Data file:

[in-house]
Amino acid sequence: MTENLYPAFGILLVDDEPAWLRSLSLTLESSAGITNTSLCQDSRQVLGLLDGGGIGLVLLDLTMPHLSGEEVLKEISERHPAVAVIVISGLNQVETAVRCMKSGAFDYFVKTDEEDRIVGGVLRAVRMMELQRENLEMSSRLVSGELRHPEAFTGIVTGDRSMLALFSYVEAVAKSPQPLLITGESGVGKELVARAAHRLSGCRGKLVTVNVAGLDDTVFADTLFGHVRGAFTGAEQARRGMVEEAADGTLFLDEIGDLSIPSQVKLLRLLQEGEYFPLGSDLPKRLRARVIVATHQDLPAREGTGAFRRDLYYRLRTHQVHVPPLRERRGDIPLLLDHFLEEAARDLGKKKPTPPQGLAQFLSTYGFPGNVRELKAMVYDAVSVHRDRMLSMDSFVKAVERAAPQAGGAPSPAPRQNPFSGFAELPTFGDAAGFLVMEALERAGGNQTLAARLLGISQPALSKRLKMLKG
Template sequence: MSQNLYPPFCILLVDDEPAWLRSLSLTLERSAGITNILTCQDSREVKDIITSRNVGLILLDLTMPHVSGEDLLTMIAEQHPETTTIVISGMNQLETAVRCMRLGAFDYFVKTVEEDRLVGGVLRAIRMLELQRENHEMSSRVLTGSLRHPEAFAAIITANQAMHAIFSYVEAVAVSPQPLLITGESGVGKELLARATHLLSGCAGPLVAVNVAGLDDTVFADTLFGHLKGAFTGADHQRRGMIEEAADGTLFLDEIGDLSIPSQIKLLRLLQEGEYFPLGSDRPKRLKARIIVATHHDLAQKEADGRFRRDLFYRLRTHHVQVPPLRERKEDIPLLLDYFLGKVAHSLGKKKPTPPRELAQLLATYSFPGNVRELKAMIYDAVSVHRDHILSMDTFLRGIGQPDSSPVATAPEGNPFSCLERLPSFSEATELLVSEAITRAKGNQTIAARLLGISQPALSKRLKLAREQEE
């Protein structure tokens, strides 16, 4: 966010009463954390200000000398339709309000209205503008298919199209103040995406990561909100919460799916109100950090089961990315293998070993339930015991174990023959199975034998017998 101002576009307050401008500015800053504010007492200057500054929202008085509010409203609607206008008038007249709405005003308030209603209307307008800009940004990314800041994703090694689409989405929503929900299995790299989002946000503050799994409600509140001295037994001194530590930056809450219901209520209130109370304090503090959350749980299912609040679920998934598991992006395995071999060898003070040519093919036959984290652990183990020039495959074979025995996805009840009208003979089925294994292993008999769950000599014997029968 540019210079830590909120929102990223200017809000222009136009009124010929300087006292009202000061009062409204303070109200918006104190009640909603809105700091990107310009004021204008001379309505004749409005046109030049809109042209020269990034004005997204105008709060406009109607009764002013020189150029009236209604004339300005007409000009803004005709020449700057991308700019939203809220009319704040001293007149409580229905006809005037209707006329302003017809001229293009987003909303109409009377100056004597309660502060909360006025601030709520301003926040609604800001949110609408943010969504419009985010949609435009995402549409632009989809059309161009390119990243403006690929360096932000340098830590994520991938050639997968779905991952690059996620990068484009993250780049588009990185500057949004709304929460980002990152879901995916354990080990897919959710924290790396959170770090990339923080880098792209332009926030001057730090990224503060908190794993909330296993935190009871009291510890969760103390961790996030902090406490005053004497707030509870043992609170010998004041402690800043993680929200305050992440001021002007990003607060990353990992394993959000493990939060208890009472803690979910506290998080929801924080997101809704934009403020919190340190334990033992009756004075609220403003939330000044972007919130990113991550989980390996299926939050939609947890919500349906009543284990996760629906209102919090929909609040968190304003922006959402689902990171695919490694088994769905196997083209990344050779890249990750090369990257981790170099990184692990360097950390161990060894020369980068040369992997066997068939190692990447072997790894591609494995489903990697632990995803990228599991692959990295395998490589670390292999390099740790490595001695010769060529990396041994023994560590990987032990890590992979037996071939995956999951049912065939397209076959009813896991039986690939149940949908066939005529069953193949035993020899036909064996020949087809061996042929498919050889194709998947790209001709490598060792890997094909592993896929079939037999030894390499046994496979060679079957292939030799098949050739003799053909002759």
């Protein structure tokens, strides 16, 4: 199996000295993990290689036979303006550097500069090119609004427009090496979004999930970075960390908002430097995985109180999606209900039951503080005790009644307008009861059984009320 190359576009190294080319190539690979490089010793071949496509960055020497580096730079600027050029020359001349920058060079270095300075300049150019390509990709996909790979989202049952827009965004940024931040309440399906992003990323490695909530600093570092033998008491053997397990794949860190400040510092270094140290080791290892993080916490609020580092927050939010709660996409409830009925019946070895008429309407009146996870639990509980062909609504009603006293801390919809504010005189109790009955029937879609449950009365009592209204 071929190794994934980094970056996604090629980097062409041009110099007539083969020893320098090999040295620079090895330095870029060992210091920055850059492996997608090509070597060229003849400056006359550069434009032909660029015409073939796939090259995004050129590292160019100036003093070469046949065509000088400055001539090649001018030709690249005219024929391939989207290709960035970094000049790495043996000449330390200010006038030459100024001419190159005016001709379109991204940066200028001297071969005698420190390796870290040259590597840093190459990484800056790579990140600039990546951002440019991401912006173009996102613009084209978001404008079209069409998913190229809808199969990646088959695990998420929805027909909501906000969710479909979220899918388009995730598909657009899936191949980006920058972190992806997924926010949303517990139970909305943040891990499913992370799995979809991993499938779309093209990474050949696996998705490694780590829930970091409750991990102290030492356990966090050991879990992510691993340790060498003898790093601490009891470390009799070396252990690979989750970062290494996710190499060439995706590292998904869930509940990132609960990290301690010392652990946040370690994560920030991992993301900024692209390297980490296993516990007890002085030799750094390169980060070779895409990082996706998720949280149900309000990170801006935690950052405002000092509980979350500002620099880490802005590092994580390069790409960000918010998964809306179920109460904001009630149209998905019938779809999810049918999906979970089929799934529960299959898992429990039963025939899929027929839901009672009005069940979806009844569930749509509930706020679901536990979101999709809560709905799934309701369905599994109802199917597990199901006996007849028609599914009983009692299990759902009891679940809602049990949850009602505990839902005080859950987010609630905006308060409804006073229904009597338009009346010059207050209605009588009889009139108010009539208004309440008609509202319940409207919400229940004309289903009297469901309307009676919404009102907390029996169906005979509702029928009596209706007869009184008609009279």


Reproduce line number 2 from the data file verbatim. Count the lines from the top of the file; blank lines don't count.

Amino acid sequence: MTENLYPAFGILLVDDEPAWLRSLSLTLESSAGITNTSLCQDSRQVLGLLDGGGIGLVLLDLTMPHLSGEEVLKEISERHPAVAVIVISGLNQVETAVRCMKSGAFDYFVKTDEEDRIVGGVLRAVRMMELQRENLEMSSRLVSGELRHPEAFTGIVTGDRSMLALFSYVEAVAKSPQPLLITGESGVGKELVARAAHRLSGCRGKLVTVNVAGLDDTVFADTLFGHVRGAFTGAEQARRGMVEEAADGTLFLDEIGDLSIPSQVKLLRLLQEGEYFPLGSDLPKRLRARVIVATHQDLPAREGTGAFRRDLYYRLRTHQVHVPPLRERRGDIPLLLDHFLEEAARDLGKKKPTPPQGLAQFLSTYGFPGNVRELKAMVYDAVSVHRDRMLSMDSFVKAVERAAPQAGGAPSPAPRQNPFSGFAELPTFGDAAGFLVMEALERAGGNQTLAARLLGISQPALSKRLKMLKG